Shodasa means sixteen and varga means a part or division. The shodasa vargas or sixteen divisional charts are a powerful technique used in Vedic astrology to understand the true nature of an individual. Each varga focuses on a different area of life and together they represent the complete picture, reflecting human consciousness from reality to the subconscious. The shodasa vargas are a specialized technique and it is essential for all students of Vedic astrology to study them. This book is an in-depth study of the sixteen vargas following Sage Parasara’s guidelines.
Shodasha Varga: The 16 Divisional Charts of Vedic Astrology
- ISBN 13: 9781910531402
Shodasha Varga may sound daunting, but that’s because it is the Sanskrit term for the 16 charts (including the natal chart) that are important components of Vedic astrology, the horoscopic system used in India for almost 2000 years. The two words literally mean 16 (shodasha) parts or divisions (vargas) and while the concept may sound complex, it is actually quite straightforward, and the charts are easy to compute, with or without the use of a computer program.
Komilla Sutton, an extremely knowledgeable and well-respected astrologer, author, and teacher, presents the material in a clear, concise, and well-written manner, making the calculations and interpretations easy to understand for any level even if this is your first foray into Vedic astrology. She explains each chart’s specific meanings with clarity and intelligence, exemplifying the simplicity yet complexity with which all Indian texts are written. According to Sutton: “The shodasha vargas or sixteen divisional charts are studied in Vedic astrology to understand the true nature of an individual. Each varga focuses on a different area of life and together they represent the complete picture. They reflect human consciousness, from reality to the subconscious.” (p. 1) These areas of life include but are not limited to money, siblings, parents, happiness, marriage, children, spirituality, education, career, mental strength, and general well-being.
The vargas are formed by dividing each zodiacal sign of 30 degrees by the number represented by the particular divisional chart. Take the example of the navamsha (ninth) divisional chart, which, aside from the natal horoscope, is the most important varga. We divide each sign into nine equal sections of three degrees 30 minutes called navamshas totaling 108 navamshas in the 360-degree zodiac. Each divisional chart is calculated in a similar fashion and is based on a similar concept as the system of Harmonics, formulated by the late John Addey and more recently popularized by David Hamblin. In fact, Addey and the late B. V. Raman, a very well-known Indian astrologer, author, and publisher of The Astrological Magazine, corresponded since Addey recognized the similarities between vargas and harmonic charts and expressed the hope that harmonics would lead to a unification of Eastern and Western astrological traditions. Sutton spends an entire chapter on each Varga chart, thoroughly explaining with diagrams and tables how to calculate each one, and another chapter on how to analyze the planetary periods ( dashas) and transits through the vargas. She shows how each divisional chart is interpreted on its own, and in relationship to the rashi (Sanskrit for “natal chart”) and navamsha. The author cannot emphasize enough how important it is to always use the natal and navamsha charts together.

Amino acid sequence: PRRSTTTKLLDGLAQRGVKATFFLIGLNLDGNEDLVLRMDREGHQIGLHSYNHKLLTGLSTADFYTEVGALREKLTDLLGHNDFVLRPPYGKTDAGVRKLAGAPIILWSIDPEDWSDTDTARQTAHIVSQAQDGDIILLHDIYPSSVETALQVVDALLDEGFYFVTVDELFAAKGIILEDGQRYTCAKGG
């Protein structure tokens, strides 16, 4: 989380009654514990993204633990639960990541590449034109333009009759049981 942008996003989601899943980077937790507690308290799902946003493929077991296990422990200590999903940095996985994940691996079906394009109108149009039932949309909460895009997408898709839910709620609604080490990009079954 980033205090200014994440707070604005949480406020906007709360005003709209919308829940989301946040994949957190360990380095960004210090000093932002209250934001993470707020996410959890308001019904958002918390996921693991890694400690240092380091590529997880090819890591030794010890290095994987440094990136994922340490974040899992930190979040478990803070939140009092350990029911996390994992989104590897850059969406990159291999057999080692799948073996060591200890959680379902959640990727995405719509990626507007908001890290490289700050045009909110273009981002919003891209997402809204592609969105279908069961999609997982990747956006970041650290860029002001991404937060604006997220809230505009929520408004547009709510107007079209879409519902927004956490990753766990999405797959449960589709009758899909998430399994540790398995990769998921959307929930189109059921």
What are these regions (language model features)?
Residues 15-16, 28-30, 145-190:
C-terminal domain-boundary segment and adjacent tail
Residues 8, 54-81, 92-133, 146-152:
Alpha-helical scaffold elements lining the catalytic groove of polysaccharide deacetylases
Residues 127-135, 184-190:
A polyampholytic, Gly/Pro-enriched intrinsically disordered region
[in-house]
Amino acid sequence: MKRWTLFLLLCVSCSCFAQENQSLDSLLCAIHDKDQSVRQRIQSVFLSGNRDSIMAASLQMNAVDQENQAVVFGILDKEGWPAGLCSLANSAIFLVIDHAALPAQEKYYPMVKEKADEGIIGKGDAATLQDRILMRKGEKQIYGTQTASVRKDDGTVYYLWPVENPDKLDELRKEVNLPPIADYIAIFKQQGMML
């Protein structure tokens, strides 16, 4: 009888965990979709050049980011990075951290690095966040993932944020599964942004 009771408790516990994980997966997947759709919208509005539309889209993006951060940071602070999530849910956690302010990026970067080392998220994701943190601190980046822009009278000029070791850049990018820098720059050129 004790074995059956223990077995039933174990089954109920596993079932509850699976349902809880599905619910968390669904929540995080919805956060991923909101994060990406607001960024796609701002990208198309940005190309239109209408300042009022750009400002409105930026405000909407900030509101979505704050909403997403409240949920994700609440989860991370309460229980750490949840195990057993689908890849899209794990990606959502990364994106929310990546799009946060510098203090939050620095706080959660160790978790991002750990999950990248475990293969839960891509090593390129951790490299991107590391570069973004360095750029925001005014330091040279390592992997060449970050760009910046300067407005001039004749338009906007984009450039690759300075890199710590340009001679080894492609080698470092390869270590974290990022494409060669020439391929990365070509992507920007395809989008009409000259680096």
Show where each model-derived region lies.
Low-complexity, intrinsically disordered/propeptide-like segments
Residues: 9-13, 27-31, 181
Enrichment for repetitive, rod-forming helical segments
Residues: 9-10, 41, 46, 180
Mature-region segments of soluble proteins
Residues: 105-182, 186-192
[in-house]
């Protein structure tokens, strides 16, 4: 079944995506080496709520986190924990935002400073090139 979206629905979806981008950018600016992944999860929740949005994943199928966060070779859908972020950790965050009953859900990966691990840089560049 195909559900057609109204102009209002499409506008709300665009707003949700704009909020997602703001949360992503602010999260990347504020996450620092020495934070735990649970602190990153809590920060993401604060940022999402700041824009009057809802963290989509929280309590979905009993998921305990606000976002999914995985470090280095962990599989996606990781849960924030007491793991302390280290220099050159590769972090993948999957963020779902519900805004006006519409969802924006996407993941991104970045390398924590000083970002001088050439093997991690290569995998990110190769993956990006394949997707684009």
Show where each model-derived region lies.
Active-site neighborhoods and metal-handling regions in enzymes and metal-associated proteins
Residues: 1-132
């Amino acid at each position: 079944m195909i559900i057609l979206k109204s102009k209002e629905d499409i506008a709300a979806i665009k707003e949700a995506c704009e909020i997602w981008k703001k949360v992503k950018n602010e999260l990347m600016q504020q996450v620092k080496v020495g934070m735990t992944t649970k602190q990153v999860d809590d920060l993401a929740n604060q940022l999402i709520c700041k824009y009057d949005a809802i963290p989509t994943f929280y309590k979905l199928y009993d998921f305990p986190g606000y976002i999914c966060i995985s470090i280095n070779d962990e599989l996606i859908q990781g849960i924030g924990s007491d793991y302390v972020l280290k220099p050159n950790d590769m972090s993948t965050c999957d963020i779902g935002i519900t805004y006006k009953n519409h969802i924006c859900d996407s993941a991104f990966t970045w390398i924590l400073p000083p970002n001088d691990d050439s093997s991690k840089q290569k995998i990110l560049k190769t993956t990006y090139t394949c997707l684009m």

Sutton explains: “The navamsha and rashi charts cannot be separated, like the flower and perfume, body and soul, physical and mental. Navamsha is described as the relationship chart but it is much more. It is the foundation on which the rashi rests as well as the position where one goes forward from the rashi. In the cyclical nature of Vedic astrology, the navamsha is both the past and the future, the foundation and the next steps. The rashi chart is never analyzed without the navamsha. While other varga charts are used to highlight specific areas of the chart, the navamsha is used to determine every aspect.” (p. 96)
The author utilizes many celebrity charts from politicians to movie stars to spiritual leaders to show how the position of the birth planets in each varga influences and defines the area of life that the varga represents. The interpretations are compiled from a variety of Indian classical texts but the icing on the cake is what Sutton brings to these explanations from years of experience as an astrological consultant. In the realm of astrology, nothing compares to the practitioner’s own ability to see how theories work in practice.
All told, Shodasha Vargas is well thought -out and beautifully written. It is presented in a way that students, practitioners, and teachers of any type of astrological system or technique can get something out of the wealth of knowledge contained within its pages. This book may be geared for those who are already familiar with Vedic or Indian astrology, but don’t be afraid to tackle it if you do not know the basics. If you are interested in learning more about Indian (Vedic) astrology the following beginning books are a great place to start and are available in paper and kindle editions.
James Braha. Ancient Hindu Astrology for the Modern Western Astrologer.
Hart de Fouw and Dr. Robert Svoboda. Light on Life: An Introduction to the Astrology of India.
Ronnie Gale Dreyer, Vedic Astrology: A Guide to the Fundamentals of Jyotish.
Komilla Sutton. The Essentials of Vedic Astrology.
Ronnie Dreyer Horoscope Guide September 2021